But one of our best contemporary Canadian writers on translation, Brian Mossop (see photo), who has over 30 years of practical experience as a Professional Translator, opposes, we might even say debunks, the idea that there is a choice.
"This picture is certainly useful for pedagogical purposes,... However pedagogical utility does not imply theoretical value... That is, the mere fact that a theory may be useful does not imply or even suggest that it is true...
"My proposal is that both processes (direct links and meaning-mediated links) occur simultaneously and they do so whenever someone is translating. It is never a case of one or the other.

"At the outset, as the translator begins to hear or read a chunk of ST [source text], he/she starts to interpret ST, that is, arrive at an understanding of its meaning. On the other hand, and at the same time, the translator’s bilingual brain automatically produces TL [target language] lexical and syntactic material based on the incoming SL forms and on the connections (whatever these may be) between TL and SL items in the mental store of language knowledge. I’ll call this activity of the brain Rendering. Rendering occurs beyond all conscious control and cannot be ‘unlearned’. It happens automatically: bilingual brains render just as stomachs digest incoming food."
He does admit that
"In the present state of knowledge about how the brain works, we cannot prove any theory about unconscious brain processes during translation. Still, we can ask whether there are any observations which can provide at least initial plausibility for a view."
And he goes on to give some of the evidence.

To be continued.

Theodore Savory. The Art of Translation, enlarged edition. London: Cape, 1967, 159 pages. Out of print, but available second hand through Amazon.

Michael Marlowe. The literal character of the Vulgate. Bible Research. Click here for the text. The Vulgate is Jerome's Latin translation of the Bible.

Danica Seleskovitch. Langage, langues et mémoire: étude de la prise de notes en interprétation consécutive (Language, Languages and Memory: A Study of Note-taking for Consecutive Interpretation). Paris: Minard, 1975, paperback edition 1998. This is the canonical version, but there's an English summary in:
D. Seleskovitch. Language and memory: a study of note-taking in consecutive interpretation. In F. Pöchhacker and M. Shlesinger (eds.), Interpreting Studies Reader, London & New York, Routledge, 2002, pp. 121-129.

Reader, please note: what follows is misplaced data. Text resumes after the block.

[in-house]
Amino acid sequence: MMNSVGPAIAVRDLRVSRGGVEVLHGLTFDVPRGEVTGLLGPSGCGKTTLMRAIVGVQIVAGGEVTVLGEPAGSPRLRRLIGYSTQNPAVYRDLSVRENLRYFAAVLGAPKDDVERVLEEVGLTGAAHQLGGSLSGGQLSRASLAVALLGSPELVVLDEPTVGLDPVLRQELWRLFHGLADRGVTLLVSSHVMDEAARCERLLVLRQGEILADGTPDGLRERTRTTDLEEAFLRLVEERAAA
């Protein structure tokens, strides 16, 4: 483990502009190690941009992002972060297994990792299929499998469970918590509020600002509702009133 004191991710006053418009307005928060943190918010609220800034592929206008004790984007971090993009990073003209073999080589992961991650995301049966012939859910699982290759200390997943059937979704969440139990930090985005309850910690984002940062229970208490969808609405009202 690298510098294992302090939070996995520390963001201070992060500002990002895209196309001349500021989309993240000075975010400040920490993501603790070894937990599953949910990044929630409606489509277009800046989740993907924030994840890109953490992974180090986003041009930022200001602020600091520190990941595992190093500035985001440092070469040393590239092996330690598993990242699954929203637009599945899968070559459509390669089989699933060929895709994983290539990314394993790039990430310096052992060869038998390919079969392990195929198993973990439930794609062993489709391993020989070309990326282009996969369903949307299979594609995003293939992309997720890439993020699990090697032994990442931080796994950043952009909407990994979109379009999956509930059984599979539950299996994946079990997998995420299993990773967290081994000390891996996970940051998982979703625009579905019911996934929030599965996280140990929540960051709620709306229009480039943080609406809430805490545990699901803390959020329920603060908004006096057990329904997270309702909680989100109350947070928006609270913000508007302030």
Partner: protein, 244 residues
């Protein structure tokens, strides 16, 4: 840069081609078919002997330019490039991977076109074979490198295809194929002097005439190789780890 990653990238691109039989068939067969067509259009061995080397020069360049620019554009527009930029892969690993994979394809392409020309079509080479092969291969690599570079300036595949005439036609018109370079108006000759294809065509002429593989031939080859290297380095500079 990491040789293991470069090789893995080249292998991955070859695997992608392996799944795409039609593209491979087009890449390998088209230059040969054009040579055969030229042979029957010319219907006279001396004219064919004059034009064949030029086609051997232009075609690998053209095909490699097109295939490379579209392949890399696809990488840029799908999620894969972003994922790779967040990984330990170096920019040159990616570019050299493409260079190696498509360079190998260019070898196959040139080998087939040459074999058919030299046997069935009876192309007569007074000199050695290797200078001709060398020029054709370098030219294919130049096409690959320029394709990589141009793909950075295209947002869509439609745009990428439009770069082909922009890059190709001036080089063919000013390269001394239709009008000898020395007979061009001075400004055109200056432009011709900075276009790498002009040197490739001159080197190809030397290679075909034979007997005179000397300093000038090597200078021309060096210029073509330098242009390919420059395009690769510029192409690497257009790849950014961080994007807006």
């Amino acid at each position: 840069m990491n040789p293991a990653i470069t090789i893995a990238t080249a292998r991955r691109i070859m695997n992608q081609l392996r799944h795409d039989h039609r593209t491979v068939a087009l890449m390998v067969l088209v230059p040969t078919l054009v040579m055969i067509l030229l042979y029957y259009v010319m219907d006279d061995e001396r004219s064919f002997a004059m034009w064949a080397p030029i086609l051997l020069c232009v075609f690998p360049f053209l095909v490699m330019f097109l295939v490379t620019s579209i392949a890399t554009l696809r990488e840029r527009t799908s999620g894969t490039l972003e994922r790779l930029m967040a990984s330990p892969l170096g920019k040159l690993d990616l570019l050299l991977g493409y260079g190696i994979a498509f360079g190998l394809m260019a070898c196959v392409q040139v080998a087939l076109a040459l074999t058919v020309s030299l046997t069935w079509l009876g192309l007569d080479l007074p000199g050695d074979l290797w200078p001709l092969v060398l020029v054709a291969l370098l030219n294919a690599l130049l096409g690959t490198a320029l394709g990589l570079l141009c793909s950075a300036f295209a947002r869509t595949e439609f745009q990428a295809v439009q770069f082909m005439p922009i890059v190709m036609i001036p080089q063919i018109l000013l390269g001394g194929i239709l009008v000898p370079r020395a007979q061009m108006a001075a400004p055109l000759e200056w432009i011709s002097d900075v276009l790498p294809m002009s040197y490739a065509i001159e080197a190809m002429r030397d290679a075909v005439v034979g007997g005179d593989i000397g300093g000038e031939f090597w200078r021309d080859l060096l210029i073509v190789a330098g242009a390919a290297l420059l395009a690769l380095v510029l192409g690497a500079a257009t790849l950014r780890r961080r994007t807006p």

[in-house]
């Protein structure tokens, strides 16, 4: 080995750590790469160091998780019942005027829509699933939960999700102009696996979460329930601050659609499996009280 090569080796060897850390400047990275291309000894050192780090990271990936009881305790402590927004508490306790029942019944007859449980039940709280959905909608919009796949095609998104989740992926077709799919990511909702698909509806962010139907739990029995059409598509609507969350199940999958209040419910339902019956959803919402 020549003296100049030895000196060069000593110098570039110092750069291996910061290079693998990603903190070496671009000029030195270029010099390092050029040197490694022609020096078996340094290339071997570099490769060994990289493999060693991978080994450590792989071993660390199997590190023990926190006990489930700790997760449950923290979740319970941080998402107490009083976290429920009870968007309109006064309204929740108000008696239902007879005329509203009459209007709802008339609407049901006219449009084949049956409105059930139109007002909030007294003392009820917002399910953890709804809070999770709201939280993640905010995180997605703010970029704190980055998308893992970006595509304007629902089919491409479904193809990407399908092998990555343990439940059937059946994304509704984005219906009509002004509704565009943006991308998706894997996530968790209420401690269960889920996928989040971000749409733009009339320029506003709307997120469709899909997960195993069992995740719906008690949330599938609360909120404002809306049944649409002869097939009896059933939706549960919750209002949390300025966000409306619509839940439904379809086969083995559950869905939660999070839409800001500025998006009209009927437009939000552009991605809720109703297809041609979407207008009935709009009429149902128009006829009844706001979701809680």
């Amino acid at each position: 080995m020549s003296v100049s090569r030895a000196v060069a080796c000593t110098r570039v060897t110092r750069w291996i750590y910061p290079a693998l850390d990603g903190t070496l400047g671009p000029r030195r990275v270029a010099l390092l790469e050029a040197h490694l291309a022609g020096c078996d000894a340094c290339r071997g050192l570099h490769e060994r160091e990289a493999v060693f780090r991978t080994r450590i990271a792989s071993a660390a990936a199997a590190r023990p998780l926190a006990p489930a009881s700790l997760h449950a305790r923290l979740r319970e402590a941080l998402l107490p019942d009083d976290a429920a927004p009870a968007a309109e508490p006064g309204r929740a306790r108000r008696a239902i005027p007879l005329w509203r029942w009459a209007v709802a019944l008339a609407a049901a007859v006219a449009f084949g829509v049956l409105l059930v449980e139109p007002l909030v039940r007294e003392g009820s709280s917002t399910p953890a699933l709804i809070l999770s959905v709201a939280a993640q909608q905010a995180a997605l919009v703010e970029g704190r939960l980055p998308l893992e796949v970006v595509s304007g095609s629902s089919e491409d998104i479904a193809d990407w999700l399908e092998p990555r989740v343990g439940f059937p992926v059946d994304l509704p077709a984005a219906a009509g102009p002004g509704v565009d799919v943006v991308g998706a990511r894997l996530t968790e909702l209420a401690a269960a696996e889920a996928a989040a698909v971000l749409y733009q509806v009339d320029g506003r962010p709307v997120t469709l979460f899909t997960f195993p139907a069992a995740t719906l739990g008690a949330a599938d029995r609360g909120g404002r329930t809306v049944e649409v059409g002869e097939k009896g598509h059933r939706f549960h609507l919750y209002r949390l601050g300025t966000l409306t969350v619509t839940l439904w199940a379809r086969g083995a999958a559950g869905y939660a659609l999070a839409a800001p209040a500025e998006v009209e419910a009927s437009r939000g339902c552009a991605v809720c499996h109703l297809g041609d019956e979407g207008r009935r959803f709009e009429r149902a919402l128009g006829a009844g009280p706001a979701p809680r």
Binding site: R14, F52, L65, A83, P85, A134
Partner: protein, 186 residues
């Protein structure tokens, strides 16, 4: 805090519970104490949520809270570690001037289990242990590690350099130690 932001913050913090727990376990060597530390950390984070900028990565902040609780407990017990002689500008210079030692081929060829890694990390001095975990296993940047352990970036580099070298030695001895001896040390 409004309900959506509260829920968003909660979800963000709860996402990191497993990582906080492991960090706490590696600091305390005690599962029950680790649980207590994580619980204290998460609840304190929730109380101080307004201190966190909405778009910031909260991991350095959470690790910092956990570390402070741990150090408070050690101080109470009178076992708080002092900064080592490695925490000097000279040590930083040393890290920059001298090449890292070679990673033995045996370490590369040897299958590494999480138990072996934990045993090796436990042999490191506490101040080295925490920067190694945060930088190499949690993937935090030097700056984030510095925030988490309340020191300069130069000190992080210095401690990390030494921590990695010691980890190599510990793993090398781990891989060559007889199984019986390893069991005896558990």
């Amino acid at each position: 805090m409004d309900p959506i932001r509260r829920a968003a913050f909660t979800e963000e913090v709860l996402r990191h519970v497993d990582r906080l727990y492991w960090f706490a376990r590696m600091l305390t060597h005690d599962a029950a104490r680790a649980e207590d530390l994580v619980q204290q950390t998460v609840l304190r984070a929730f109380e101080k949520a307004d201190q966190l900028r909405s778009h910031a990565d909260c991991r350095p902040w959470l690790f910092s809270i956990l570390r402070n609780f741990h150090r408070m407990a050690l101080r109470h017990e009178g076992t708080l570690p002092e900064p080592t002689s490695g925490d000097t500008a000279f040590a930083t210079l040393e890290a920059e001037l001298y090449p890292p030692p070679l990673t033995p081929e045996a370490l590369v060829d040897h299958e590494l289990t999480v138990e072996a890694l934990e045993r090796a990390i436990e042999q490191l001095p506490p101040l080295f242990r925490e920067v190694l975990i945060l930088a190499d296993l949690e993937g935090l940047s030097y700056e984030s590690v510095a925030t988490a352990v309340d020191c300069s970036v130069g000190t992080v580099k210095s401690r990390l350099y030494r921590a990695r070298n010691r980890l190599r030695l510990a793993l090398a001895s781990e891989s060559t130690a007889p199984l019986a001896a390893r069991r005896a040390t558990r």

Brian Mossop. An Alternative to 'Deverbalization'. 2003. Click here for the text.

Intercultural Studies Group, Braga

Saturday, February 11, 2012

Two Translation Preparatory Schools for Children

A book about language that’s popular at the moment is David Bellos’ Is That A Fish in Your Ear?. Bellos himself is an Expert Translator of French literature besides being director of Princeton University’s Program in Translation and Intercultural Communication. He knows a lot about the history and practice of translation; the book is erudite, though what one reviewer describes as “a bouillabaisse”. I learnt from it, and especially something about training children in preparation for becoming interpreter-translators. It's well known among translation historians that in the late 17th century, Louis XIV’s enterprising minister Colbert founded a language school for such children in Paris. It was called the École des Jeunes de Langue (School of Young Linguists) and was housed in a Jesuit college, later the Lycée Louis-le-Grand. What I learnt from Bellos, however, was that there was an even earlier school of the same kind in Venice. It was known as the Scuola dei Giovani di Lingua and it was founded on February 21, 1551 because
“The traumatic outcomes of Venice’s wars with the [Turkish] sultans made it clear to its rulers that in the Ottoman case the city would have to rely chiefly on diplomatic and political means rather than offensive military efforts to maintain and defend its position in the eastern Mediterranean.”